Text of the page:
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Tolstoy: A Russian Life

Biographer Rosamund Bartlett shies away from examining Tolstoy as a writer – but has some interesting details to offer about Tolstoy the man.

A Russian Life
By Rosamund Bartlett
Houghton Mifflin Harcourt
544 pp.

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A biographer of Lev Tolstoy (1828-1910) faces more questions than a novelist: Can he or she recount Tolstoy's early years – so well described in his novella "Childhood" – in the same detail? Is it necessary to narrate the last year of his life, already so well documented by himself, his family, his friends, and onlookers? Is his difficult marriage – so fully covered by the testimony of the couple and their children and their friends and dramatized in various ways in his fiction  – able to be presented in all its partisan confusion? Finally, given that Tolstoy evokes his own life and the lives of his fictional creations so vividly and deeply, how can a mere biographer compete?

“From the outset, Tolstoy conducted his self-analysis on the page,” notes Rosamund Bartlett in Tolstoy: A Russian Life. Bartlett, a Russophile Brit, Chekhov expert, and translator, is referring here to Tolstoy’s diaries, which he wrote in fits and starts with years-long gaps, but she really should be referring to his fiction, where Tolstoy lays himself out in mesmerizing super-consciousness: Tolstoy is never greater or bigger than when he’s creating.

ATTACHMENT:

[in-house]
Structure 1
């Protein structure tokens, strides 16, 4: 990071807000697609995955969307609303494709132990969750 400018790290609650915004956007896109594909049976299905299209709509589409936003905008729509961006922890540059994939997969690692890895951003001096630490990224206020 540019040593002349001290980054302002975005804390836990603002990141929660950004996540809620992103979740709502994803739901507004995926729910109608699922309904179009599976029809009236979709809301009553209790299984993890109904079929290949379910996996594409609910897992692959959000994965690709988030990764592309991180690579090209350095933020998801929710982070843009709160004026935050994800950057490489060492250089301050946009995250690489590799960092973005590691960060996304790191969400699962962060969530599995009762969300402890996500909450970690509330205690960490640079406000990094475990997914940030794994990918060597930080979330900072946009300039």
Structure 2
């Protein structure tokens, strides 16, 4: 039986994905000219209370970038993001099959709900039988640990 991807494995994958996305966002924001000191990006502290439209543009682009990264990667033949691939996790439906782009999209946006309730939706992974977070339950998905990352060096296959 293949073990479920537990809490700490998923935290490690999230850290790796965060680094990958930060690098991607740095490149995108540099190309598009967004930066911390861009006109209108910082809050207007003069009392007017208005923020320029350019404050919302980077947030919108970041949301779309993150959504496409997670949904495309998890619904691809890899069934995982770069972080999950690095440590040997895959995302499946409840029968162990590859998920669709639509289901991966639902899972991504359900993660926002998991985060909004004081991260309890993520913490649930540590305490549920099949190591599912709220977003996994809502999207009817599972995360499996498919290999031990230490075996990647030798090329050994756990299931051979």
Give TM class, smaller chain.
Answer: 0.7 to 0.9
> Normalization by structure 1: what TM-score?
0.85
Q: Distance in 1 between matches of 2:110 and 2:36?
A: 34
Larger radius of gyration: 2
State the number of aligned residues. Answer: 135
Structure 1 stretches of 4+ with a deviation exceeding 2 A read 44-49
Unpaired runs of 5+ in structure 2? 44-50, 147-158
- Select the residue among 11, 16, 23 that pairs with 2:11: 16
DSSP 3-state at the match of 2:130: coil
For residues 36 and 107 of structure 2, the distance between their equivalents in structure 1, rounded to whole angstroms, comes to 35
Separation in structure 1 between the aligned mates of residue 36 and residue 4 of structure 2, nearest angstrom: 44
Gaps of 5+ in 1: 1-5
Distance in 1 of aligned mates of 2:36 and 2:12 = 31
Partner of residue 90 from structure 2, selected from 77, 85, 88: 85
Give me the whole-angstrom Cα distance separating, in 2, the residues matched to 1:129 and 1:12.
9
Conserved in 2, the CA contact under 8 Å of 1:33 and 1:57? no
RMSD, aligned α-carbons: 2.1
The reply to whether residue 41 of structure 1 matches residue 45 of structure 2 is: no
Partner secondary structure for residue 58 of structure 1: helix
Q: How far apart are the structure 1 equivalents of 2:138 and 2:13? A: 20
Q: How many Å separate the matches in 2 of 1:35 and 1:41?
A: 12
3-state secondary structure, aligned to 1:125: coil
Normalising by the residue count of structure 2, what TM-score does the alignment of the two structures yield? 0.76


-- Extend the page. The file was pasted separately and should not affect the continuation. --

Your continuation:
His art usually transcended his tremendous and sometimes bullying intellect; critics and philosophers, however, love to show how they’ve out-thunk Tolstoy and show up what they believe are his mistaken ideas and his character flaws, but nobody has ever out-created him or dramatized a deeper consciousness. It’s easy to condescend to Tolstoy if you don’t take him at full-power, which is as an artist, the creator of the most extraordinary fiction in literature.

There have been plenty of good biographies of Tolstoy, though not for a while. Some are by people who knew him (Aylmer Maude and Tolstoy’s youngest daughter Alexandra) and others by people who didn’t (Ernest Simmons and Viktor Shklovsky). Yet they continually give us the sense that Tolstoy is the best presenter of Tolstoy. They trust that his own words and actions reveal him. The biographers who want to interpret and subsume our perceptions of him, including Henri Troyat and the abominable A. N. Wilson, have a lot of gall.


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